Committee noted that the headline “Not Lyon low” also added to the sense that
the article was describing a current situation, reflected in the photos. Where
the article had not clearly set out the basis for why it had characterised the
images as “new”, and that the characterisation was not clear and could
reasonably be misinterpreted by the average reader, the publication had failed
to take care not to publish misleading information and there was a breach of
Clause 1(i). As the misleading information concerned the main thrust of the
article, and misled the reader about the images the article was about, this was
a significant inaccuracy which required correction under Clause 1(ii).
13. The publication offered a clarification at the first
instance it received the complaint from the complainant, and therefore was
offered promptly. The offered clarification put the correct position on record
and was offered to be published in the print and online corrections and
clarifications column, which represented appropriate prominence. There was no
breach of Clause 1(ii).
14. When considering Clause 9, the Committee considered the
position for both complainant’s separately. With regards to the complainant
whose photo was anonymised and who was unnamed in the article, it found that,
as she was not identified, Clause 9 was not engaged.
15. Clause 9 was, however, engaged with regards to the
complainant who was named and who was identified within the photograph. The
Committee noted that there was a significant amount of information already in
the public domain which linked the complainant to the man in the article. In
2006 it was well publicized that his garage was the scene of an attack where
three men, including the man he was photographed with, was shot. In addition,
the complainant had brought a significant court case against the police, which
linked him to the man. In these circumstances, where the named complainant was
of genuine relevance to the story relating to the man’s alleged criminal
activity and the photographs of him and the man, because of the incident at the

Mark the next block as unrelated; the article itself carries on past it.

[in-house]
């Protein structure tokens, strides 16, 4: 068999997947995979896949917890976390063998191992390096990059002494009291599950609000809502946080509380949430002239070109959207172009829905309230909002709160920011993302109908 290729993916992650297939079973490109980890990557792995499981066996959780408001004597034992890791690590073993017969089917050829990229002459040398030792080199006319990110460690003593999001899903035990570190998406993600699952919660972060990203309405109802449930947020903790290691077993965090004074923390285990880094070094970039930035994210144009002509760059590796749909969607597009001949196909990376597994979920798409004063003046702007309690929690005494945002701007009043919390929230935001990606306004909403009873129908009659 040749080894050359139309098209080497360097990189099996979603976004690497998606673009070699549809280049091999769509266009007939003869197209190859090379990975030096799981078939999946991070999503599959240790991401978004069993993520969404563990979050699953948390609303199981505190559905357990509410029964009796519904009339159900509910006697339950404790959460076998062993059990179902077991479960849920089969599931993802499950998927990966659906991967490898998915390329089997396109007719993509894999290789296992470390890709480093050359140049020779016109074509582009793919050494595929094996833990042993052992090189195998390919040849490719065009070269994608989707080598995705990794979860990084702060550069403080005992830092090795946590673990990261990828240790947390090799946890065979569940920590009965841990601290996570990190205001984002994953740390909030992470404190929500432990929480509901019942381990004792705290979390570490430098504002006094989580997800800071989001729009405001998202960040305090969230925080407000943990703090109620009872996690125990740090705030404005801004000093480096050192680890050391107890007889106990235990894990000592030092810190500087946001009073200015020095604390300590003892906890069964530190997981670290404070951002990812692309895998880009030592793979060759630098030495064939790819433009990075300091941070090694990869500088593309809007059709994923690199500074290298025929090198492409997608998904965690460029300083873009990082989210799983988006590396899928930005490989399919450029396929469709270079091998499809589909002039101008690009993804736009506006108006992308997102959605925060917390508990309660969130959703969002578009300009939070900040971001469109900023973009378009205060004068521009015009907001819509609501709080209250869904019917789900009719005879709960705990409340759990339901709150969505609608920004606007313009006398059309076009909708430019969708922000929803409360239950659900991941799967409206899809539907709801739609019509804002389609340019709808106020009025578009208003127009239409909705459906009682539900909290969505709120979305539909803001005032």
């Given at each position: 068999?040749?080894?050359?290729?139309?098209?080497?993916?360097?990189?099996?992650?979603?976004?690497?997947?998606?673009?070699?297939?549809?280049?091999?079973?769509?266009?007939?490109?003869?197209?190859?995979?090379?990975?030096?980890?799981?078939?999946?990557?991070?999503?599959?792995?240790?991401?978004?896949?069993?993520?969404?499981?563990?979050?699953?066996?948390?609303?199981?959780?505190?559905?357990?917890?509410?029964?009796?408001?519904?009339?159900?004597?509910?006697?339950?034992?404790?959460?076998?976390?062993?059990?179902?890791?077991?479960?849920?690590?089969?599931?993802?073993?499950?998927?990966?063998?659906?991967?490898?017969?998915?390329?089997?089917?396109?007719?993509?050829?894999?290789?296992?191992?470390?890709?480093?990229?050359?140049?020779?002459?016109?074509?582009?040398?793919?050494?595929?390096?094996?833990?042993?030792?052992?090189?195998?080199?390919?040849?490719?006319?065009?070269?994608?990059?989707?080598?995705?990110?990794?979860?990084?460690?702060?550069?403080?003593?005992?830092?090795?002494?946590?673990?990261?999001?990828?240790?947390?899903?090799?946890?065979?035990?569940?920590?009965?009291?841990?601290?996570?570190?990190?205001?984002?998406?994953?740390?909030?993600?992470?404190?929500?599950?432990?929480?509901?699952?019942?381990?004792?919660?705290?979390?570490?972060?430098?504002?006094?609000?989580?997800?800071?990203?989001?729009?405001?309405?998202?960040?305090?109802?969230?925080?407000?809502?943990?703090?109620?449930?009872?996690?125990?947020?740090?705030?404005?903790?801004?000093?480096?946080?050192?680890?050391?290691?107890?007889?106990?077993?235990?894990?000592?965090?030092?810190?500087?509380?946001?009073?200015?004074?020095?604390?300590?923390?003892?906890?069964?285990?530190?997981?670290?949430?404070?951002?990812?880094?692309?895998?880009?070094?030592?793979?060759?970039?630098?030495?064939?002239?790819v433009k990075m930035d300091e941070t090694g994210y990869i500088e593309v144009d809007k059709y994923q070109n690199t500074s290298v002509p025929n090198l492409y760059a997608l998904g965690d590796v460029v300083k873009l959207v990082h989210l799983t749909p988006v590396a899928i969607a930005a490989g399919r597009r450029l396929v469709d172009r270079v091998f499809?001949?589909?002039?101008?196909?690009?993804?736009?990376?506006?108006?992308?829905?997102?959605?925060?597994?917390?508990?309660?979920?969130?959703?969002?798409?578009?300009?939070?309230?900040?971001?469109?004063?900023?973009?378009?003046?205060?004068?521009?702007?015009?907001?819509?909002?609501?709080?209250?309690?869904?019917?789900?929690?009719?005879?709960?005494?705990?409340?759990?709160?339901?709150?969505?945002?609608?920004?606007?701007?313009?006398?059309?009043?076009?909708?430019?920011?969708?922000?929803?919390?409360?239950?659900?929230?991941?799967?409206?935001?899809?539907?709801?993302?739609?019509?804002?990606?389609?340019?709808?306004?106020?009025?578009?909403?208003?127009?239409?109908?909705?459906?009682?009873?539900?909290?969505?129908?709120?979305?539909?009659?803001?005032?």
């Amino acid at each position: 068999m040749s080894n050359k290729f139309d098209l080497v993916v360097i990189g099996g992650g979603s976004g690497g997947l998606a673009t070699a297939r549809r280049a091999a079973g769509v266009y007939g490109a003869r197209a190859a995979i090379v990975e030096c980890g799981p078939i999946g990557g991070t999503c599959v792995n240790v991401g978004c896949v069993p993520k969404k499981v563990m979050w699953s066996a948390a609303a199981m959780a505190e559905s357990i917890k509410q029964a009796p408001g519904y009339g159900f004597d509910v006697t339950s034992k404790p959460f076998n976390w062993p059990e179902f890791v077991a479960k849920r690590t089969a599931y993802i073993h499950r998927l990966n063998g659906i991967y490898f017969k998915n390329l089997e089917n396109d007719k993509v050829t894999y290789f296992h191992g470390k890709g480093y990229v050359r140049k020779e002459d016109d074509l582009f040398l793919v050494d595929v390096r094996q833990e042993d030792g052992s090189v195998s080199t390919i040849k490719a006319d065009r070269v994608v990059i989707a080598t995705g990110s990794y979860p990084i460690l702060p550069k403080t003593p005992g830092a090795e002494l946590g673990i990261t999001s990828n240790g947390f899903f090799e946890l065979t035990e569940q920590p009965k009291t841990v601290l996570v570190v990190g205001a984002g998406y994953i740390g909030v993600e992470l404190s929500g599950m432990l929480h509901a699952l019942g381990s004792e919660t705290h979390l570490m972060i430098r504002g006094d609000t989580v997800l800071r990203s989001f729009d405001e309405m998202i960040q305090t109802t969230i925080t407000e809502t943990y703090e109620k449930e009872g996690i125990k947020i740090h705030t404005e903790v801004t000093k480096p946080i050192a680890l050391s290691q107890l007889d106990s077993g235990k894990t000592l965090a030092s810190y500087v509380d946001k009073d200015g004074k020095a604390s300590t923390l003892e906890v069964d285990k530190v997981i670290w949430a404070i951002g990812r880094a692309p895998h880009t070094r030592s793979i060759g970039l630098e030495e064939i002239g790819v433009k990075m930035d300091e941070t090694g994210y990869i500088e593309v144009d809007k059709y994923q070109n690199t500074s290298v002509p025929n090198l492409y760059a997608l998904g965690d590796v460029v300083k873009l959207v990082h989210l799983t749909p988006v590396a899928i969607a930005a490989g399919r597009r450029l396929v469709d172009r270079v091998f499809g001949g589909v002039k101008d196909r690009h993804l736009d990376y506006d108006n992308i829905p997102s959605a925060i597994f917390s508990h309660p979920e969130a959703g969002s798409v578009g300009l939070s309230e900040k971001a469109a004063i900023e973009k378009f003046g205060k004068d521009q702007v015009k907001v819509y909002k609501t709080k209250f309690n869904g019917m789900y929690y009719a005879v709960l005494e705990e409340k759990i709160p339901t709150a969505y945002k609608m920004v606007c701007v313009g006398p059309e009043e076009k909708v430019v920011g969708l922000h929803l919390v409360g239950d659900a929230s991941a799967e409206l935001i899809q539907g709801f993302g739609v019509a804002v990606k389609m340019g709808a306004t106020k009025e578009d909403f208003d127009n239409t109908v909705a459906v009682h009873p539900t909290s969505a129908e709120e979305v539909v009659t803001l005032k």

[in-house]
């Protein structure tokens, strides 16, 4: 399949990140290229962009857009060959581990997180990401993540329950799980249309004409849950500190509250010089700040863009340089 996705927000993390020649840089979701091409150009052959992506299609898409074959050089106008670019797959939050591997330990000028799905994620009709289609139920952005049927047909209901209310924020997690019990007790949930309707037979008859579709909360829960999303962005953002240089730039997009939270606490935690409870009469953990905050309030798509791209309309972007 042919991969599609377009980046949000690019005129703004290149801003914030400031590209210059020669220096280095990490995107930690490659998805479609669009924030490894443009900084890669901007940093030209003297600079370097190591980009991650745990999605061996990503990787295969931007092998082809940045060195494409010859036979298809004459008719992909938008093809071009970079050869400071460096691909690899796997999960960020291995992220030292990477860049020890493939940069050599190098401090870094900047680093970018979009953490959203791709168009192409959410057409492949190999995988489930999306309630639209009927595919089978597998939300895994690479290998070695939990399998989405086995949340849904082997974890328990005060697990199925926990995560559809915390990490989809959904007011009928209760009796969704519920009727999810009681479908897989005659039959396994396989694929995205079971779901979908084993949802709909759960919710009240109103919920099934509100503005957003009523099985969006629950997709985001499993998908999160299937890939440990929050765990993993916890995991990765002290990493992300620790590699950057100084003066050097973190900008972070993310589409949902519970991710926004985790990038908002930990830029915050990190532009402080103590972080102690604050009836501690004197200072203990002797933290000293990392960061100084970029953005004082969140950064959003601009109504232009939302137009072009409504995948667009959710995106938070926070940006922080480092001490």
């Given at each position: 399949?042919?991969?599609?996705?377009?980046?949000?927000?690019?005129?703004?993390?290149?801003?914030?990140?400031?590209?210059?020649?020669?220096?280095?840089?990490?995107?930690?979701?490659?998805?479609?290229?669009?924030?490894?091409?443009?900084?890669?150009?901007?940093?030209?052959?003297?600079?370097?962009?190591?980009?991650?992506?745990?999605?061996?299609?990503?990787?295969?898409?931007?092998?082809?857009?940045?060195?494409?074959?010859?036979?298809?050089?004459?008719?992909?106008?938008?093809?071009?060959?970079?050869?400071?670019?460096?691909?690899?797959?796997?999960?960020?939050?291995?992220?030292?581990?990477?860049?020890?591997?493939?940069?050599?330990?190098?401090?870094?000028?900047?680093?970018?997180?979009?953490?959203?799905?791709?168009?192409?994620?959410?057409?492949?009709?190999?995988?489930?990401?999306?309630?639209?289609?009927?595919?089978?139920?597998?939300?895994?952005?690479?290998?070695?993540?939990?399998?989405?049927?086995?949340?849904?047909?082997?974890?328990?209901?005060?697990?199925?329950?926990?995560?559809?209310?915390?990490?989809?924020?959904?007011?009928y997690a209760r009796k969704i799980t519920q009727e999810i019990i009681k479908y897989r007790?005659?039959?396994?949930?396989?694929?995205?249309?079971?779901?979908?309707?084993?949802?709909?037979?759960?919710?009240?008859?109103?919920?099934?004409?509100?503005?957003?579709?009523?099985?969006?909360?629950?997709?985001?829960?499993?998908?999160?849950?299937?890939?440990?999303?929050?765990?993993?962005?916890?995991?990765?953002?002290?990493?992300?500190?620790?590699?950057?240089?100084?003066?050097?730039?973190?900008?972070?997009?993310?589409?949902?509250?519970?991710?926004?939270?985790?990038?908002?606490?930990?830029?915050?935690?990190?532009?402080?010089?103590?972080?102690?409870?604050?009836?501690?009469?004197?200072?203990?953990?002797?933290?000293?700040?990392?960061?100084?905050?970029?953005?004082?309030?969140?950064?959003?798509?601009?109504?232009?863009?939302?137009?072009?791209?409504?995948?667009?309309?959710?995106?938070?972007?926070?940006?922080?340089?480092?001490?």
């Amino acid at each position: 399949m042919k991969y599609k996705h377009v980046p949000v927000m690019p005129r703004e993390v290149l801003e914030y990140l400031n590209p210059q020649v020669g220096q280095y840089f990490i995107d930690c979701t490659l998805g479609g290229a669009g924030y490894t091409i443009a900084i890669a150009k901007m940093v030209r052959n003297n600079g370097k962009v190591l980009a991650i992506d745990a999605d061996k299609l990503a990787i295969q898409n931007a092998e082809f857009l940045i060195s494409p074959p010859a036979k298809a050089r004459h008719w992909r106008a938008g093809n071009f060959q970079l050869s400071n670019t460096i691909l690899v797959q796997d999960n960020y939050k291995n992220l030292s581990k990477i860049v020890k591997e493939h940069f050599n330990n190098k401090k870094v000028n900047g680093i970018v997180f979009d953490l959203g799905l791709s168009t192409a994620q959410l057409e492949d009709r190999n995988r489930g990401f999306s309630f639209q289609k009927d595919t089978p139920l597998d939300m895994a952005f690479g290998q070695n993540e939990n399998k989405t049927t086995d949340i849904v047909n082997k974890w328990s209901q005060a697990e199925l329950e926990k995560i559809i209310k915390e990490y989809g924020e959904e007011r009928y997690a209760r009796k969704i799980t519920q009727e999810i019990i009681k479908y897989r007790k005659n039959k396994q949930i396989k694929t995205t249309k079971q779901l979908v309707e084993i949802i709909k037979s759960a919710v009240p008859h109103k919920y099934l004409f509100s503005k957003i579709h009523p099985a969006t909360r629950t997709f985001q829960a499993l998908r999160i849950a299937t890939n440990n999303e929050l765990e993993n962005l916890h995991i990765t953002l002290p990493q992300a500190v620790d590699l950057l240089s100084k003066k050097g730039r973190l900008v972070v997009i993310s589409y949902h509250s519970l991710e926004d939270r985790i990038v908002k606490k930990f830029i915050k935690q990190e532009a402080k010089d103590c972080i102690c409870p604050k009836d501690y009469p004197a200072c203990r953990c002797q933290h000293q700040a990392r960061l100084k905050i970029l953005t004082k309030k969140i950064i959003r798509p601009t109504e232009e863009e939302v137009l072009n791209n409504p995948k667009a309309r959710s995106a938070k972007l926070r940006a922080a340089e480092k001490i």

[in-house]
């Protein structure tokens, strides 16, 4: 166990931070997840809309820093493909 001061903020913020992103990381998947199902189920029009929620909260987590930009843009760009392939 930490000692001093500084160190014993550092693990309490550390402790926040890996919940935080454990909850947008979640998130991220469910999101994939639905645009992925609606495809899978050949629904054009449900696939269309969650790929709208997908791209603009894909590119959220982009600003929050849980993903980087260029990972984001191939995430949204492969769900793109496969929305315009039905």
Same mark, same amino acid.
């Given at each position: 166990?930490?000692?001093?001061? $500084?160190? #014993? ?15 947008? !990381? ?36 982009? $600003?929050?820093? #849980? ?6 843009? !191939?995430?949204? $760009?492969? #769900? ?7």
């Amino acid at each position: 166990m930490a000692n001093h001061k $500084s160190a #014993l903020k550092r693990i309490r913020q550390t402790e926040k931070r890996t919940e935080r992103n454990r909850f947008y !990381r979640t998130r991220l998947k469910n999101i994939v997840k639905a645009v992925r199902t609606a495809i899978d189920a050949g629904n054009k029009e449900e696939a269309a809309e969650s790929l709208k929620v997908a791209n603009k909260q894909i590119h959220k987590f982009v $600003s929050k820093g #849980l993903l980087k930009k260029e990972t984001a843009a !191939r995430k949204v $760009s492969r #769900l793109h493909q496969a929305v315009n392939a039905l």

complainant’s garage and the court case, which he had been publicly identified
in relation to, there was no breach of Clause 9.
16. Clause 2 states that everyone is entitled to respect for
their private and family life, including digital communications. The
complainants had said that the images were only on a personal Facebook page,
with strict privacy settings, which the newspaper did not dispute. However, the
publication stated that it had not received the images from the complainant’s
Facebook page, but that they had been provided by two separate individuals who
said that the images had been shared with them in group messages. In these
circumstances, IPSO was not able to determine that the photos had been taken
17. The Committee considered that the images did not contain
information about which the complainants had a reasonable expectation of
privacy because they only showed posed photos of the complainants in a public
place. One of the complainants had been anonymised in the photo so could not be
identified. The other person’s relationship with his nephew was already in the
public domain (as identified in the paragraph above relating to Clause 9), and
so the photo could not be revealing new private information about their
association. Because the Committee found that the images did not contain any
private information, the complainants did not have a reasonable expectation of
privacy over the images and therefore there was no breach of Clause 2.
18. The complaint was upheld under Clause 1(i).
Remedial Action Required
19. The correction which was offered clearly put the correct
position on record, and was offered promptly and with due prominence, and
should now be published.
Date complaint received: 28/09/2020
Date complaint concluded by IPSO: 10/05/2021
Independent Complaints Reviewer
The complainant complained to the Independent Complaints Reviewer about the process followed by IPSO in handling this complaint. The Independent Complaints Reviewer decided that the process was not flawed and did not uphold the request for review.Back to ruling listing